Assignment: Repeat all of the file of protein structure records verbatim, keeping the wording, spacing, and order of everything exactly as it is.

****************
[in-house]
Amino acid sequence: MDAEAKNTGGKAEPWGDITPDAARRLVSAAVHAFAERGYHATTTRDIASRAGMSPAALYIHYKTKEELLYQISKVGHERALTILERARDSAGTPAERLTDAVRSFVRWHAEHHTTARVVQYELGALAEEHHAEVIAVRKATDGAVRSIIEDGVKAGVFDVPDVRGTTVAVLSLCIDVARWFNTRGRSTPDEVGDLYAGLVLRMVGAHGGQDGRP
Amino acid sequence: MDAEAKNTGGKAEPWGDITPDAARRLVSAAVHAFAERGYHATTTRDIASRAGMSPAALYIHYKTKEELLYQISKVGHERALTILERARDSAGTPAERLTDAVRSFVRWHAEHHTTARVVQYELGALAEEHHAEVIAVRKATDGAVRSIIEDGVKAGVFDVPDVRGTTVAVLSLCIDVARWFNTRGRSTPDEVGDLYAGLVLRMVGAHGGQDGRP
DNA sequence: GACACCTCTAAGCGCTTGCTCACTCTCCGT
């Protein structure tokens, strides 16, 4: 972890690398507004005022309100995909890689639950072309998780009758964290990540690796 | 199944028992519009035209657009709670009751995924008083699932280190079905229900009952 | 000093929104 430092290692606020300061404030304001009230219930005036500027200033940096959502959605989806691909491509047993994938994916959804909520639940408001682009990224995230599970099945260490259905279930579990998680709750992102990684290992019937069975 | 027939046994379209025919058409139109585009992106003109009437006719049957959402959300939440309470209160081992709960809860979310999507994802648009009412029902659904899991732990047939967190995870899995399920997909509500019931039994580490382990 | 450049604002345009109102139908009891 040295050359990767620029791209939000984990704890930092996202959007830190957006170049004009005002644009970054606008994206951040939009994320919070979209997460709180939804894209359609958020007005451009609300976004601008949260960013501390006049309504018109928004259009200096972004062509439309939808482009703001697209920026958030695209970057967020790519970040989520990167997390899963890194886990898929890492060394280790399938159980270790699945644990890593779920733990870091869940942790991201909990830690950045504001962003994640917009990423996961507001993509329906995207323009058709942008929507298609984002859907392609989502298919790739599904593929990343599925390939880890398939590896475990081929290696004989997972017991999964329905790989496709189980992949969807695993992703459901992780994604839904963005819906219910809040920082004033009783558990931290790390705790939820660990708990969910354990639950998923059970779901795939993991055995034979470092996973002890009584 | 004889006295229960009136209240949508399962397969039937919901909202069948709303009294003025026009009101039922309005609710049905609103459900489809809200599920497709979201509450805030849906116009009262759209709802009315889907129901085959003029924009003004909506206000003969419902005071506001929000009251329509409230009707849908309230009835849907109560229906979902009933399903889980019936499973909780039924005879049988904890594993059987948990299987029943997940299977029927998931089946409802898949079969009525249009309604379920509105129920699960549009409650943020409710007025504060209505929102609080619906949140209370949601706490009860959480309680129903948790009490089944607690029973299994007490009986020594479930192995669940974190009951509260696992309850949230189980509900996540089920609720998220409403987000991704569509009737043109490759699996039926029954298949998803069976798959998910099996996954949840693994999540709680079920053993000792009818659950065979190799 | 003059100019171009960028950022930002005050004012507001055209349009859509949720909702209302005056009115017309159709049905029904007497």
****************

[in-house]
Amino acid sequence: MDAEAKNTGGKAEPWGDITPDAARRLVSAAVHAFAERGYHATTTRDIASRAGMSPAALYIHYKTKEELLYQISKVGHERALTILERARDSAGTPAERLTDAVRSFVRWHAEHHTTARVVQYELGALAEEHHAEVIAVRKATDGAVRSIIEDGVKAGVFDVPDVRGTTVAVLSLCIDVARWFNTRGRSTPDEVGDLYAGLVLRMVGAHGGQDGRP
Amino acid sequence: MDAEAKNTGGKAEPWGDITPDAARRLVSAAVHAFAERGYHATTTRDIASRAGMSPAALYIHYKTKEELLYQISKVGHERALTILERARDSAGTPAERLTDAVRSFVRWHAEHHTTARVVQYELGALAEEHHAEVIAVRKATDGAVRSIIEDGVKAGVFDVPDVRGTTVAVLSLCIDVARWFNTRGRSTPDEVGDLYAGLVLRMVGAHGGQDGRP
DNA sequence: GACACCTCTAAGCGCTTGCTCACTCTCCGT
């Protein structure tokens, strides 16, 4: 972890690398507004005022309100995909890689639950072309998780009758964290990540690796 | 199944028992519009035209657009709670009751995924008083699932280190079905229900009952 | 000093929104 430092290692606020300061404030304001009230219930005036500027200033940096959502959605989806691909491509047993994938994916959804909520639940408001682009990224995230599970099945260490259905279930579990998680709750992102990684290992019937069975 | 027939046994379209025919058409139109585009992106003109009437006719049957959402959300939440309470209160081992709960809860979310999507994802648009009412029902659904899991732990047939967190995870899995399920997909509500019931039994580490382990 | 450049604002345009109102139908009891 040295050359990767620029791209939000984990704890930092996202959007830190957006170049004009005002644009970054606008994206951040939009994320919070979209997460709180939804894209359609958020007005451009609300976004601008949260960013501390006049309504018109928004259009200096972004062509439309939808482009703001697209920026958030695209970057967020790519970040989520990167997390899963890194886990898929890492060394280790399938159980270790699945644990890593779920733990870091869940942790991201909990830690950045504001962003994640917009990423996961507001993509329906995207323009058709942008929507298609984002859907392609989502298919790739599904593929990343599925390939880890398939590896475990081929290696004989997972017991999964329905790989496709189980992949969807695993992703459901992780994604839904963005819906219910809040920082004033009783558990931290790390705790939820660990708990969910354990639950998923059970779901795939993991055995034979470092996973002890009584 | 004889006295229960009136209240949508399962397969039937919901909202069948709303009294003025026009009101039922309005609710049905609103459900489809809200599920497709979201509450805030849906116009009262759209709802009315889907129901085959003029924009003004909506206000003969419902005071506001929000009251329509409230009707849908309230009835849907109560229906979902009933399903889980019936499973909780039924005879049988904890594993059987948990299987029943997940299977029927998931089946409802898949079969009525249009309604379920509105129920699960549009409650943020409710007025504060209505929102609080619906949140209370949601706490009860959480309680129903948790009490089944607690029973299994007490009986020594479930192995669940974190009951509260696992309850949230189980509900996540089920609720998220409403987000991704569509009737043109490759699996039926029954298949998803069976798959998910099996996954949840693994999540709680079920053993000792009818659950065979190799 | 003059100019171009960028950022930002005050004012507001055209349009859509949720909702209302005056009115017309159709049905029904007497």